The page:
Sky watchers around the globe will be greeted by a Blue Moon this weekend, the second of the year and the last one to appear in this decade.

The rare celestial event, as one can guess, isn’t marked by the color of the moon but the frequency of its appearance. When a full moon occurs for the second time in the same calendar month, it is called a “blue moon.”

According to the Weather Channel, the first full moon, also known as the worm moon, adorned the night sky March 2, while this one will be peaking March 31 around 8:37 a.m. EDT.

Typically, a blue moon appears once in about 2.5 years, which means we won’t get another one to see until Halloween 2020. But there can be some exceptions to this rule like the one we’re seeing this year with two blue moons.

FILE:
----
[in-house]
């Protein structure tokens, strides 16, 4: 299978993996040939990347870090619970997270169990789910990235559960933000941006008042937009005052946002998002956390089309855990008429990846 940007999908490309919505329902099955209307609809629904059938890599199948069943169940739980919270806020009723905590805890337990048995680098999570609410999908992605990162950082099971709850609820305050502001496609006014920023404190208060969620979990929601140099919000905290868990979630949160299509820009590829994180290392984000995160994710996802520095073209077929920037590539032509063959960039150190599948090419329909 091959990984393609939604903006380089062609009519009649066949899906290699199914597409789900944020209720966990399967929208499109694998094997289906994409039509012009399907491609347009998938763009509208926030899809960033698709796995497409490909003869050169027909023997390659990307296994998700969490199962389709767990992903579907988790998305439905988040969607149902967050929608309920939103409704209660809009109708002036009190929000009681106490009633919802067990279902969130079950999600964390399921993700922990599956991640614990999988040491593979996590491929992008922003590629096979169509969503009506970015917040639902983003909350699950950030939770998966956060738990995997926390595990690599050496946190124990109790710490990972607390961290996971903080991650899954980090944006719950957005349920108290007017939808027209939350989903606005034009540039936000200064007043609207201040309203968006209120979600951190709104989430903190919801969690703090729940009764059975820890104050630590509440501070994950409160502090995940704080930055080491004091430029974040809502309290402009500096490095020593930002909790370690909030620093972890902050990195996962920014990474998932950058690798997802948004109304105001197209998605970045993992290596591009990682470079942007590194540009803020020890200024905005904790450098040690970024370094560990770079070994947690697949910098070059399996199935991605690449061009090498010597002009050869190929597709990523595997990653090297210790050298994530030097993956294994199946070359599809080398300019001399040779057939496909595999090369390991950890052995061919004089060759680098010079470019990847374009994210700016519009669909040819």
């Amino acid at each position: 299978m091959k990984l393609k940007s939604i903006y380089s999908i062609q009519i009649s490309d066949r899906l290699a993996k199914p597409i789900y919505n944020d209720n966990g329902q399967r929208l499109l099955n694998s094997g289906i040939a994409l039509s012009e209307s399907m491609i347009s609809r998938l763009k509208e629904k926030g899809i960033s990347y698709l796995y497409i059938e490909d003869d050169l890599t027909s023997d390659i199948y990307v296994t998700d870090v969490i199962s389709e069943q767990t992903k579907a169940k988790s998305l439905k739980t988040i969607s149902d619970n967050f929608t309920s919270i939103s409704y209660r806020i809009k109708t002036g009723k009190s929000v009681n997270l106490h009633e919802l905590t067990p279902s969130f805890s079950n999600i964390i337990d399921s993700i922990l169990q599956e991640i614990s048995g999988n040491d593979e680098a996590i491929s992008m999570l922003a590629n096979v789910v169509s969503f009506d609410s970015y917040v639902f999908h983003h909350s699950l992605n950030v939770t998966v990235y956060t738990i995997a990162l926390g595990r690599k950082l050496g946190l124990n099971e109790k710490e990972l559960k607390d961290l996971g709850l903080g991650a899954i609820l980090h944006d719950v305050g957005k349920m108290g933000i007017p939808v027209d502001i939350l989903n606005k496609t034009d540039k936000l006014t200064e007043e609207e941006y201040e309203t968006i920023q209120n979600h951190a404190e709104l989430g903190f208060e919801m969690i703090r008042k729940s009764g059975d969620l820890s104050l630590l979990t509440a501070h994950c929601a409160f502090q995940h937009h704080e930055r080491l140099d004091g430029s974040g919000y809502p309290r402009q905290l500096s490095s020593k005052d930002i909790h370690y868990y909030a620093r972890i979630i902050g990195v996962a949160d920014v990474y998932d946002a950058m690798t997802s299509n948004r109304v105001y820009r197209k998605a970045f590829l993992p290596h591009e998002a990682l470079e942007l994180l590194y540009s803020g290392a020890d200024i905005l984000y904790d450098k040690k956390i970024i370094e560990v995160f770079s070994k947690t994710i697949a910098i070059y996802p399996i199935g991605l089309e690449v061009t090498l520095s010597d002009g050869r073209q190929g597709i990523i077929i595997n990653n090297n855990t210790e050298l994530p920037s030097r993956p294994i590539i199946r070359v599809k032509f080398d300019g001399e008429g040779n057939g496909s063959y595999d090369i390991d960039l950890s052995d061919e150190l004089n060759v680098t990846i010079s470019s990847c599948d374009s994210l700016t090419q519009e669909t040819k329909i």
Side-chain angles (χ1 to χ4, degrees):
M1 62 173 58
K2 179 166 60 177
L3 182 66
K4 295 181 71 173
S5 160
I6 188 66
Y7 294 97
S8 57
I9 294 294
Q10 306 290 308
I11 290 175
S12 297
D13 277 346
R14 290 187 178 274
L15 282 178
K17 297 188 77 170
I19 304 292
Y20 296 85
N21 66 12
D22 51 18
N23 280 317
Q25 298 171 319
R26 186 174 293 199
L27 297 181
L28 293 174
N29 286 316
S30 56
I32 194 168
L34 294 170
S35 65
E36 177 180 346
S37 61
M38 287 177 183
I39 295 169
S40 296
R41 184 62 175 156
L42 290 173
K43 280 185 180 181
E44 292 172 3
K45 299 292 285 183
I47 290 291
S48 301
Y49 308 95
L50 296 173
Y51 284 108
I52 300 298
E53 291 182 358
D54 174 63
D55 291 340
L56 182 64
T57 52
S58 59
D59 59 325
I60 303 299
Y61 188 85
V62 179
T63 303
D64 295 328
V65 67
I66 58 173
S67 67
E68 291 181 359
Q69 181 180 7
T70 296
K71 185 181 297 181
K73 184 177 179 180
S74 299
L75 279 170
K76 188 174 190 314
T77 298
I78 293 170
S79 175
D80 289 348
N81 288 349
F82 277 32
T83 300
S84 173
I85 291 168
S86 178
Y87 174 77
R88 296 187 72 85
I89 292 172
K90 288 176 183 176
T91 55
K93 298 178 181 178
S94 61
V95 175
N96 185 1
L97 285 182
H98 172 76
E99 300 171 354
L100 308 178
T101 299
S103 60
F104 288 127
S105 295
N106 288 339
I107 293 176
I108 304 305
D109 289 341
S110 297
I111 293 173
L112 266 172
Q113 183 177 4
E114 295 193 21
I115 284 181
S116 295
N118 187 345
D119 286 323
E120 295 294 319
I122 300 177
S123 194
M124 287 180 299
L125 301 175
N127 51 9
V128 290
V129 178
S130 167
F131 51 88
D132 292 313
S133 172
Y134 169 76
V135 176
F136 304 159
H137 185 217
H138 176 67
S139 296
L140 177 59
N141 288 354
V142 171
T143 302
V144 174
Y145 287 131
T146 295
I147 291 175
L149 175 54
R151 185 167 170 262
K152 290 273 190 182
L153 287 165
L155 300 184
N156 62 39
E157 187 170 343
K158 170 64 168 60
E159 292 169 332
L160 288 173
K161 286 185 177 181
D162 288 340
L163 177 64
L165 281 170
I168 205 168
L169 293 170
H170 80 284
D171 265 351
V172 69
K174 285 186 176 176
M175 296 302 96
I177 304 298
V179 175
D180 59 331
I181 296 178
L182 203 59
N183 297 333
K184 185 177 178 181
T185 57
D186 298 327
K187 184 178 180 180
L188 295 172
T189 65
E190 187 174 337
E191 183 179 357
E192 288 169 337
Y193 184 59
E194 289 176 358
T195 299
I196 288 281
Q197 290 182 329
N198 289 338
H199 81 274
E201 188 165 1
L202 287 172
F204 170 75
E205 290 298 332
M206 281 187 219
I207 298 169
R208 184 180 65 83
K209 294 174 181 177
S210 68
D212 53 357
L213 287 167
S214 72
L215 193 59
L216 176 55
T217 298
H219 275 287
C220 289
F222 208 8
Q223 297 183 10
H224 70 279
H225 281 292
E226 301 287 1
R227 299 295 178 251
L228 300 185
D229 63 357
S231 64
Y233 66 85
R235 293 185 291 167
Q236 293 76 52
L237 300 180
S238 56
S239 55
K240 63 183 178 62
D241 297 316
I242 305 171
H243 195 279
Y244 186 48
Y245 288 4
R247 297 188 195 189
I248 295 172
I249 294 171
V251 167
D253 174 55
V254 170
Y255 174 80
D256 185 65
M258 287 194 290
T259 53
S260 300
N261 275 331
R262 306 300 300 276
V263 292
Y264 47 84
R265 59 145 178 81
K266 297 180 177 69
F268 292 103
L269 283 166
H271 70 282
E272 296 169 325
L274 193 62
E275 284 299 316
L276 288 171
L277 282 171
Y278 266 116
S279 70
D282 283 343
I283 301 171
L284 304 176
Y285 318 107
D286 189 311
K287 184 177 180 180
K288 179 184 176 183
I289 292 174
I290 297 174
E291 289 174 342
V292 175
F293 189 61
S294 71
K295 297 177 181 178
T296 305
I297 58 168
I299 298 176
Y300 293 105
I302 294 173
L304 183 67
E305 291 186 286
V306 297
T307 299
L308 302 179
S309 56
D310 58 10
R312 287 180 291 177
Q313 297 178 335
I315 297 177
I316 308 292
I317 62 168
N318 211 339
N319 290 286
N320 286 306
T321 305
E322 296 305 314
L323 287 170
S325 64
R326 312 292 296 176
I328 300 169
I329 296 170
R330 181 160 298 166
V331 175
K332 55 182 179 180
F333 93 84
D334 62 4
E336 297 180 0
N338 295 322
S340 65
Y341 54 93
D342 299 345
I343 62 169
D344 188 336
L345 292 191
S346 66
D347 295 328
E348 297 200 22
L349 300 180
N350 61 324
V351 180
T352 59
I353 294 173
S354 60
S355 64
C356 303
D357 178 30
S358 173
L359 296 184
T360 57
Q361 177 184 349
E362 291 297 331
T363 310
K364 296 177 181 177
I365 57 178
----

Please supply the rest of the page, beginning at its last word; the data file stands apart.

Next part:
Before this, a “Super Blue Blood Moon” peaked along with a lunar eclipse in the month of January and took a reddish hue for short while. The event drew widespread attention, but now that its partner is set to appear, the dual show won't happen before 2037. The phenomenon only happens four to five times in a century.

Watching Blue Moon 2018:

If skies remain clear, viewers should be able to see the full moon high in the sky. meteorologist Linda Lam notes folks living in the South, Southwest and West Coast will be able to see the moon at its peak, but those in the Midwest and Great Lakes region might have some problems as the forecast suggests the regions could witness occasional episodes of rain with cloud cover. The also applies to parts of Montana, Wyoming, and the East coast.

While weather conditions can change anytime, if it still remains clouded or raining in your region, there is also the option of going online and watching the live webcast of the event on  The Weather Channel app. The livestream will start around 9 p.m., Friday.

GettyImages-912670698 Pictured, a super blue blood moon behind Salesforce Tower during a partial lunar eclipse in San Francisco, California, Jan. 31, 2018. Photo: JOSH EDELSON/AFP/Getty Images